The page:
MANATEE -- The State College of Florida is considering an upgrade to its compensation system and is working to build a new social science and faculty office building.
The college hired educational institution consulting firm Evergreen Solutions of Tallahassee to determine if its pay plan is competitive and personnel are being compensated fairly.
Evergreen began the analysis last fall and returned to the SCF Board of Trustees with findings and recommendations Tuesday evening. Jeffrey Ling, Evergreen executive vice president, said his company found nothing wrong with SCF plan structurally.
However, he did say employee morale is low.
"They expressed concerns with fair and competitive compensations, but they agreed that their benefits covered their needs," Ling said.
Evergreen compared the benefits and compensations of SCF staff to 33 state colleges and county academic institutions. SCF reportedly pays 2.95 percent below the midpoint.
Administrations and professional pay is .93 percent above average midpoint, or almost right at the average pay level.
Faculty pay is 7.29 percent below market average.
Overall, the college is on par with peers for benefits, but below par for pay plans.
The findings show compensation inequities with a big part involving compression, or incoming personnel making more than more senior faculty.
Board of trustees member Eric Robinson said compression can happen for many reasons, including an institution's increasing prestige, higher qualifications by incoming staff or economic highs and lows at times of hiring.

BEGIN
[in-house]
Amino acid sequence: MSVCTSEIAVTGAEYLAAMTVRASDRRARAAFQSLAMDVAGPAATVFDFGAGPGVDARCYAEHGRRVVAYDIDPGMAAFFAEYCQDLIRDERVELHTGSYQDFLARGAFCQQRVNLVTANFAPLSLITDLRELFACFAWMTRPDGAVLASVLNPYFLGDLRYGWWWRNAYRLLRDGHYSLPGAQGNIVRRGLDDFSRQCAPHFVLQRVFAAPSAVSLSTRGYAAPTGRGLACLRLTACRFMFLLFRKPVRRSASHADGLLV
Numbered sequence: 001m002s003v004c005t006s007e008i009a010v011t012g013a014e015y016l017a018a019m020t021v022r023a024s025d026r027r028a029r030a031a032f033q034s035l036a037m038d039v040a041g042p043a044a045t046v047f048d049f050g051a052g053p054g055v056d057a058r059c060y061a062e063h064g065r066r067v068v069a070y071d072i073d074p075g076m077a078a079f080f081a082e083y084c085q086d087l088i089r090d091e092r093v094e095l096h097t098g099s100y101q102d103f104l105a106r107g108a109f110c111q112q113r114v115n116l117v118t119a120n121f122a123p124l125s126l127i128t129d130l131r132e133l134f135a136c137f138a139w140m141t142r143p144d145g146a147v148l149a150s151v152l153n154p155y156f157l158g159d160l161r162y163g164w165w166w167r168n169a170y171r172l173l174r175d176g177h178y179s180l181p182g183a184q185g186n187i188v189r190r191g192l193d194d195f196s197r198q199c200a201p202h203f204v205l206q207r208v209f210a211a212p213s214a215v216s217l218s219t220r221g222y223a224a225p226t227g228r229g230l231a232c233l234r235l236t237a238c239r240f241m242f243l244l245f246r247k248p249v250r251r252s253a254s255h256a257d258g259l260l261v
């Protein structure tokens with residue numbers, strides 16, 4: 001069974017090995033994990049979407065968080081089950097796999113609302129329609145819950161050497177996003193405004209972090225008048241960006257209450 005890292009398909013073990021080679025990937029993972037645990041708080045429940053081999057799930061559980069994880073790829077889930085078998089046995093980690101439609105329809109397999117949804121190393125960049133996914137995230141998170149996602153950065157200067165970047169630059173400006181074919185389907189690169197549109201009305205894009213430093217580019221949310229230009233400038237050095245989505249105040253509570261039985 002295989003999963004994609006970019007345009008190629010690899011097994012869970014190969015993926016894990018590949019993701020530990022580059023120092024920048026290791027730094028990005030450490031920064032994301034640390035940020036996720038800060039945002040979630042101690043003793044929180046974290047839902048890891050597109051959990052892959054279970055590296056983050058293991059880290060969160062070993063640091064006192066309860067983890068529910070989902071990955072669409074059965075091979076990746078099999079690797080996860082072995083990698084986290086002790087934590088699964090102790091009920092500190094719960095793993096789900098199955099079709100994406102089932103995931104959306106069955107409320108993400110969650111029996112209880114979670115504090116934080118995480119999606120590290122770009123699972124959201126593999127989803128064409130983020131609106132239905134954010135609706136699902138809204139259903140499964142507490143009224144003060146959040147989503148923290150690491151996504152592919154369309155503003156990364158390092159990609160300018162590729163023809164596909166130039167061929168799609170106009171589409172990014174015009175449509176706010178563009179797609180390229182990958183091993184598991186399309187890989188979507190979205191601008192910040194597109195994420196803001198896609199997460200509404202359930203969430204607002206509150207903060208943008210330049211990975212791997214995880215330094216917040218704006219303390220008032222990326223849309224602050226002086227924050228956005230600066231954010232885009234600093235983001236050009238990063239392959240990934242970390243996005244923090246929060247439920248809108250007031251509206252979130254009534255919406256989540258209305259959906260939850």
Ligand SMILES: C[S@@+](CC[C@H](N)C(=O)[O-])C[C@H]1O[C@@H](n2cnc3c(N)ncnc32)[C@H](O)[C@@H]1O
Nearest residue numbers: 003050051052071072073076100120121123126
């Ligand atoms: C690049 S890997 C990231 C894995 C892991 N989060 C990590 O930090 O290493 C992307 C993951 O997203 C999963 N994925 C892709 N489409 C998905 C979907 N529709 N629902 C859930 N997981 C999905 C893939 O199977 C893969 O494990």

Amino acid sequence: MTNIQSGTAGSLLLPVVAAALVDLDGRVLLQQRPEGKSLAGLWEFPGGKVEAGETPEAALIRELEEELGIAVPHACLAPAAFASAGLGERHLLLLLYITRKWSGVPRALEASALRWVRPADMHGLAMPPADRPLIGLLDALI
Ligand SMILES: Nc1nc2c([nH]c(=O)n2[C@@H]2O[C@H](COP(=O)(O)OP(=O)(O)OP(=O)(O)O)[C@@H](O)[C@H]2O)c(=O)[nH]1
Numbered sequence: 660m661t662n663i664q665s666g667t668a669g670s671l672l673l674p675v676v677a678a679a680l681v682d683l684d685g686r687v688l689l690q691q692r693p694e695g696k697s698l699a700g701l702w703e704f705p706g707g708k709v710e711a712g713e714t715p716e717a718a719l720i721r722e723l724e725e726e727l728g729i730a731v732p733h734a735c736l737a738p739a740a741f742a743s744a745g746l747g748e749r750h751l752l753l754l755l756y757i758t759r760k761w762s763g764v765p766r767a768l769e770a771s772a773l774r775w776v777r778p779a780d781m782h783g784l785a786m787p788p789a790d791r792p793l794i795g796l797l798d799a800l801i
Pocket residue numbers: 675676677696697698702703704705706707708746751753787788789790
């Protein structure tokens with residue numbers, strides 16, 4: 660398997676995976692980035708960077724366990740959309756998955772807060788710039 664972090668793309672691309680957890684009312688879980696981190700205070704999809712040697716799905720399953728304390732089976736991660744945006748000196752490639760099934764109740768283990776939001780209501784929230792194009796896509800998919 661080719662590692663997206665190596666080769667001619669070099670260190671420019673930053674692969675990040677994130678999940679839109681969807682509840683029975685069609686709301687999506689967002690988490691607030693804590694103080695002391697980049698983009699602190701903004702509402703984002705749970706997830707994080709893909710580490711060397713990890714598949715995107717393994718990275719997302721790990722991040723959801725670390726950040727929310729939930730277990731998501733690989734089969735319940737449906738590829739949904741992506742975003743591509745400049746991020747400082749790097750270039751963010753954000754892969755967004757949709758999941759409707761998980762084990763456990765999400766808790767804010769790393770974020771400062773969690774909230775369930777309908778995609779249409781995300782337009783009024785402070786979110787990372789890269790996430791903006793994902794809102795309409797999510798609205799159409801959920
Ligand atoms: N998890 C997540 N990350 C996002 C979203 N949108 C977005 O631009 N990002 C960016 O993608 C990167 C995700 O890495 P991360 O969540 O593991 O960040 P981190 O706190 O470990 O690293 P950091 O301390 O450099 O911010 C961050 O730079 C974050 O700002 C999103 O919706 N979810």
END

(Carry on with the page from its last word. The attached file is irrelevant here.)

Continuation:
"Compression is not unheard of," Robinson said.
Evergreen recommendations include addressing fair pay by considering the number of years a staff or faculty member has worked with the college, moving pay within average regional ranges and increasing the career pay plan a minimum of 3 percent.
Board members said they want to look at the big picture before acting on the recommendations.
"If we had an extra $3 million laying around I would gladly give raises," said board member Craig Trigueiro.
When the school finalizes its budget in June, it will consider using state funding to meet the recommendations.
College President Carol Probstfeld said she and the board will continue to examine the findings as they work out next year's budget. The board will also consider holding a workshop on the recommendations.
SCF may also turn to the state to help pay for its new building.
Christopher Wellman, director of facilities management, proposed building a 36,000-square-foot academic building to replace an existing social science building and faculty office building.
Wellman said, in a facility assessment April 9, those two buildings are in the worst condition on campus.
"The cooling and ventilation is mid-1960s quality," Wellman said.
Wellman said the buildings have inadequate layout and are not compliant with the Americans with Disabilities Act.
"It will be more cost-effective to demolish and replace these buildings than to remodel," Wellman said.
There was not much discussion over his proposal.
"If he says we need to replace the buildings, than that's good enough for me," Robsinson said.
The board will discuss the costs of the new building at the May 7 meeting.
"We are approving the project with the next step being to approve the architect and engineering selection process," Probstfeld said.
The board will negotiate with engineering and architecture firms at the May board meeting.
Wellman plans to start design in June and construction in the fall. The school will aim to finish the building by early summer of 2014.
The board will work on analyzing expected state funding in more detail soon.
"We don't want to spend any money in a way that is not in a proper, responsible fiduciary manner," Triguero said.
Erica Earl, education reporter, can be reached at 941-745-7081.